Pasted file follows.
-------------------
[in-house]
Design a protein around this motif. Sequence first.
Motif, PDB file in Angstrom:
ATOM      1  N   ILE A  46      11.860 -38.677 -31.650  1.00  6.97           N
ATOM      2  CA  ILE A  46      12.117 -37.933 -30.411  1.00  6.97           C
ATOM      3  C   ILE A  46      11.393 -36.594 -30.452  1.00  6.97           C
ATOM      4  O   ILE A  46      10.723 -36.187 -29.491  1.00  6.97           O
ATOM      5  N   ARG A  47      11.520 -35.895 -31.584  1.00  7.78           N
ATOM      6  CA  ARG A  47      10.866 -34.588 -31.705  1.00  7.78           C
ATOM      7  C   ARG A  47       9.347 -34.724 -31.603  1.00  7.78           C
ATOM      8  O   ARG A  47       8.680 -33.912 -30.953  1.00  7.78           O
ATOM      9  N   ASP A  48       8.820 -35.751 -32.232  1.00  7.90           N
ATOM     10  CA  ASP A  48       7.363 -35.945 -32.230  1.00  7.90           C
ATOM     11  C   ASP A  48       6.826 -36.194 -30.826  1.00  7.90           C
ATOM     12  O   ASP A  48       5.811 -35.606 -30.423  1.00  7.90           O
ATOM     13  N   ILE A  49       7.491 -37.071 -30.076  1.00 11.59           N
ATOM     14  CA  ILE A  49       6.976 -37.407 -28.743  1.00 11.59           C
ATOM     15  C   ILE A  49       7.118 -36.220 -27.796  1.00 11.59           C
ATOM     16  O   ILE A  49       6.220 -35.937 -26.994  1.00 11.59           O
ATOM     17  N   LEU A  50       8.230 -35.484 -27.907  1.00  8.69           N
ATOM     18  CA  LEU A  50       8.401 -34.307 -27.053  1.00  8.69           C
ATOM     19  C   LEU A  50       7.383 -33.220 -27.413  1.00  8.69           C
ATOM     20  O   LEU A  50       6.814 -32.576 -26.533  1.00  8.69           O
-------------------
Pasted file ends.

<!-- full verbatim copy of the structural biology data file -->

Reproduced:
[in-house]
Design a protein around this motif. Sequence first.
Motif, PDB file in Angstrom:
ATOM      1  N   ILE A  46      11.860 -38.677 -31.650  1.00  6.97           N
ATOM      2  CA  ILE A  46      12.117 -37.933 -30.411  1.00  6.97           C
ATOM      3  C   ILE A  46      11.393 -36.594 -30.452  1.00  6.97           C
ATOM      4  O   ILE A  46      10.723 -36.187 -29.491  1.00  6.97           O
ATOM      5  N   ARG A  47      11.520 -35.895 -31.584  1.00  7.78           N
ATOM      6  CA  ARG A  47      10.866 -34.588 -31.705  1.00  7.78           C
ATOM      7  C   ARG A  47       9.347 -34.724 -31.603  1.00  7.78           C
ATOM      8  O   ARG A  47       8.680 -33.912 -30.953  1.00  7.78           O
ATOM      9  N   ASP A  48       8.820 -35.751 -32.232  1.00  7.90           N
ATOM     10  CA  ASP A  48       7.363 -35.945 -32.230  1.00  7.90           C
ATOM     11  C   ASP A  48       6.826 -36.194 -30.826  1.00  7.90           C
ATOM     12  O   ASP A  48       5.811 -35.606 -30.423  1.00  7.90           O
ATOM     13  N   ILE A  49       7.491 -37.071 -30.076  1.00 11.59           N
ATOM     14  CA  ILE A  49       6.976 -37.407 -28.743  1.00 11.59           C
ATOM     15  C   ILE A  49       7.118 -36.220 -27.796  1.00 11.59           C
ATOM     16  O   ILE A  49       6.220 -35.937 -26.994  1.00 11.59           O
ATOM     17  N   LEU A  50       8.230 -35.484 -27.907  1.00  8.69           N
ATOM     18  CA  LEU A  50       8.401 -34.307 -27.053  1.00  8.69           C
ATOM     19  C   LEU A  50       7.383 -33.220 -27.413  1.00  8.69           C
ATOM     20  O   LEU A  50       6.814 -32.576 -26.533  1.00  8.69           O